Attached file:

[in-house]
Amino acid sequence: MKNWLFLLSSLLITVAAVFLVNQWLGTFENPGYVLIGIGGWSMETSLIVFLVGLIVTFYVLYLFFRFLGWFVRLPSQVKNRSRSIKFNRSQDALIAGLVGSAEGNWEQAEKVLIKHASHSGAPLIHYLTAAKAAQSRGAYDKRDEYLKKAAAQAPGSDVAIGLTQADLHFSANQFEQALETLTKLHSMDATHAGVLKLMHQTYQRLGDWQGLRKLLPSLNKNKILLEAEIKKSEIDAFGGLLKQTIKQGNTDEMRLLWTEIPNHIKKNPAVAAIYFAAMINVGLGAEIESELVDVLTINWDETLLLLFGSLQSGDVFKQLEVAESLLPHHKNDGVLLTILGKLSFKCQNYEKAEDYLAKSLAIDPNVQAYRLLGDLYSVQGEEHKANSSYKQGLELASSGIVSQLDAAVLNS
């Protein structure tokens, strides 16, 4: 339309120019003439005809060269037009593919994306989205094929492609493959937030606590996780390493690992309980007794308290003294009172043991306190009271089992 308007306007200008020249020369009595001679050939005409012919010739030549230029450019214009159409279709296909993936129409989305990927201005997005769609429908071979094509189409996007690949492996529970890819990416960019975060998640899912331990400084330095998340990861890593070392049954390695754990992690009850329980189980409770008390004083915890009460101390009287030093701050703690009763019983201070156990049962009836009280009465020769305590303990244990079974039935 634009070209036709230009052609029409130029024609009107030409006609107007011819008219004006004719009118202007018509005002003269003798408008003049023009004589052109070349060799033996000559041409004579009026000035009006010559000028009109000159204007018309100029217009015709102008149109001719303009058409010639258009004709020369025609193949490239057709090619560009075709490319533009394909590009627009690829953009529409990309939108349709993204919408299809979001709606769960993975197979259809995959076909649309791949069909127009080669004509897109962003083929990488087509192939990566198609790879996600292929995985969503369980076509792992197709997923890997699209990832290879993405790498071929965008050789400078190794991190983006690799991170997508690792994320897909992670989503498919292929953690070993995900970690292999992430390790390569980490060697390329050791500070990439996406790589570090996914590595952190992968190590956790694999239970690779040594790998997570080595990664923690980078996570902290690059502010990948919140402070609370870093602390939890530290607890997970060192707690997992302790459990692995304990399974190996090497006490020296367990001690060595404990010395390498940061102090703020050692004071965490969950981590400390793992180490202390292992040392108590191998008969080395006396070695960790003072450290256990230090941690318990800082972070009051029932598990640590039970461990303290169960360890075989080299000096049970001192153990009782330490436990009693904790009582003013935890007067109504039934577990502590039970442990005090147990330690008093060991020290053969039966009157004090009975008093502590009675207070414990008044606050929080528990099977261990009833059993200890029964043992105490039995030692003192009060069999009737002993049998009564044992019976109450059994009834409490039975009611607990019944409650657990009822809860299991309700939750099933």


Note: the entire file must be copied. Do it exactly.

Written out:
[in-house]
Amino acid sequence: MKNWLFLLSSLLITVAAVFLVNQWLGTFENPGYVLIGIGGWSMETSLIVFLVGLIVTFYVLYLFFRFLGWFVRLPSQVKNRSRSIKFNRSQDALIAGLVGSAEGNWEQAEKVLIKHASHSGAPLIHYLTAAKAAQSRGAYDKRDEYLKKAAAQAPGSDVAIGLTQADLHFSANQFEQALETLTKLHSMDATHAGVLKLMHQTYQRLGDWQGLRKLLPSLNKNKILLEAEIKKSEIDAFGGLLKQTIKQGNTDEMRLLWTEIPNHIKKNPAVAAIYFAAMINVGLGAEIESELVDVLTINWDETLLLLFGSLQSGDVFKQLEVAESLLPHHKNDGVLLTILGKLSFKCQNYEKAEDYLAKSLAIDPNVQAYRLLGDLYSVQGEEHKANSSYKQGLELASSGIVSQLDAAVLNS
């Protein structure tokens, strides 16, 4: 339309120019003439005809060269037009593919994306989205094929492609493959937030606590996780390493690992309980007794308290003294009172043991306190009271089992 308007306007200008020249020369009595001679050939005409012919010739030549230029450019214009159409279709296909993936129409989305990927201005997005769609429908071979094509189409996007690949492996529970890819990416960019975060998640899912331990400084330095998340990861890593070392049954390695754990992690009850329980189980409770008390004083915890009460101390009287030093701050703690009763019983201070156990049962009836009280009465020769305590303990244990079974039935 634009070209036709230009052609029409130029024609009107030409006609107007011819008219004006004719009118202007018509005002003269003798408008003049023009004589052109070349060799033996000559041409004579009026000035009006010559000028009109000159204007018309100029217009015709102008149109001719303009058409010639258009004709020369025609193949490239057709090619560009075709490319533009394909590009627009690829953009529409990309939108349709993204919408299809979001709606769960993975197979259809995959076909649309791949069909127009080669004509897109962003083929990488087509192939990566198609790879996600292929995985969503369980076509792992197709997923890997699209990832290879993405790498071929965008050789400078190794991190983006690799991170997508690792994320897909992670989503498919292929953690070993995900970690292999992430390790390569980490060697390329050791500070990439996406790589570090996914590595952190992968190590956790694999239970690779040594790998997570080595990664923690980078996570902290690059502010990948919140402070609370870093602390939890530290607890997970060192707690997992302790459990692995304990399974190996090497006490020296367990001690060595404990010395390498940061102090703020050692004071965490969950981590400390793992180490202390292992040392108590191998008969080395006396070695960790003072450290256990230090941690318990800082972070009051029932598990640590039970461990303290169960360890075989080299000096049970001192153990009782330490436990009693904790009582003013935890007067109504039934577990502590039970442990005090147990330690008093060991020290053969039966009157004090009975008093502590009675207070414990008044606050929080528990099977261990009833059993200890029964043992105490039995030692003192009060069999009737002993049998009564044992019976109450059994009834409490039975009611607990019944409650657990009822809860299991309700939750099933």